Purplebricks: Building Across The Pond

 

Posted on Feb 23, 2017

Where we are now in a place for the UK housing market where we have been ever since interest rates were slashed in the wake of the Global Financial Crisis in 2009.

This consists of  cheap money, an acute shortage of housing stock, and a very well bid property market. Of course, since the crisis in 2008 we have not only seen sharp house price inflation, we have also witnessed a transformation in the online space, with websites being added to by apps and smartphones.

These developments have helped existing businesses of almost all varieties. But in an already booming space the internet has power charged the cyber businesses of estate agents, with those who only exist online avoiding the extra cost of being on the High Street at a time of scandalously high business rates.

Indeed, the sector is so buoyant it would appear that there has been and still is, plenty of room for all contenders. This state of affairs may not last forever, and consolidation could beckon, but in the meantime it could very well be the case that even relate latecomers such as Purplebricks could given the likes of Zoopla or Rightmove a run for their money.

 

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 All About The Platform

Clearly, for any online player in any sector, as far as success is concerned the clue is in the platform. It is always likely to be the technology being any given platform which provides the edge over the competition. This is especially the case for those who do not have first mover advantage. Second to this is the aptitude of the management, its motivation and as much as anything, its hunger.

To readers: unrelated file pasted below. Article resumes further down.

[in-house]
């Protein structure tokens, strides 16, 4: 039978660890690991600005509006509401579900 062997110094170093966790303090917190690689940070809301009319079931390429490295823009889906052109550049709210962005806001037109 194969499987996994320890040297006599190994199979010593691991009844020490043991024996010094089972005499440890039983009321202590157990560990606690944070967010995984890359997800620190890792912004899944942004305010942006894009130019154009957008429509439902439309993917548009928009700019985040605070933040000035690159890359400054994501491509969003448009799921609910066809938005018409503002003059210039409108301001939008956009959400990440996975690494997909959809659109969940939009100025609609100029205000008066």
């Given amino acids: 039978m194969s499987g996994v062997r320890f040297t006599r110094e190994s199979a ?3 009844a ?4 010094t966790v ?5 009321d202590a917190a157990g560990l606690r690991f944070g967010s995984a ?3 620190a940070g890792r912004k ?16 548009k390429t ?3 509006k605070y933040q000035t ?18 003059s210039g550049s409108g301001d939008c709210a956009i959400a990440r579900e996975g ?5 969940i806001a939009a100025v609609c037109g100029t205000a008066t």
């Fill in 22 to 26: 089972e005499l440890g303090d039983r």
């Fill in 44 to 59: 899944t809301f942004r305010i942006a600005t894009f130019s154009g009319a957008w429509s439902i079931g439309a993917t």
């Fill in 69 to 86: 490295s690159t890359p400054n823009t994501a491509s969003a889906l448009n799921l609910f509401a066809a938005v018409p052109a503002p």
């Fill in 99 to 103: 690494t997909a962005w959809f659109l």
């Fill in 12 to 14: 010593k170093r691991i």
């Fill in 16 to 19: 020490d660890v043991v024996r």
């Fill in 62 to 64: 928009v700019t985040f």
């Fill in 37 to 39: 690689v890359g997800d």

All of this is playing its part at Purplebricks for the company to hit the number three spot in the country, and have a whopping 62% share of new online instructions less than three years after being set up.

 

A Trusted Brand

The implication is that the brand, and trust of the brand have been developed to such an extent there is now a momentum behind it. 

That this is the case will be key over the near term in the wake of the group’s announcement it is to make a move to the United States. While U.S. expansion is not historically the best move for UK companies, something which, even Tesco has found out, it may very well be that for Purplebricks it can win where others have struggled.

 

Leapfrog Across The Pond

Certainly, in the UK it has managed to leapfrog what may have been regarded as daunting competition, so perhaps it may be able to achieve the same trick across the Pond. Certainly, the £50m it has raised at 220p versus a share price of 264p just after the news suggests not only does it have a decent chunk of money to go forward, but also that the stock market has given it the thumbs up.

Typically, a placing which added more stock to the register will cause the share price of a company to fall, not rise. The fact that we have seen the shares soar implies that the mooted plan to roll out a U.S. offering State by State is regarded as being pragmatic, and more likely to win that attempting to go for the whole country in one bite.

What will be interesting to see over the next year is firstly whether the U.S. invasion succeeds, and second whether the move will mean that Purplebricks can catapult itself above Rightmove and Zoopla?

Currently, at around £600m the market cap of the relative upstart is a third of that of Zoopla, and way behind Rightmove at £4bn. However, with the pace of growth we are seeing currently at Purplebricks, one would not want to rule anything out.

BY ZAK MIR Senior Journalist Why Media, Mayfair, London W1S 2AT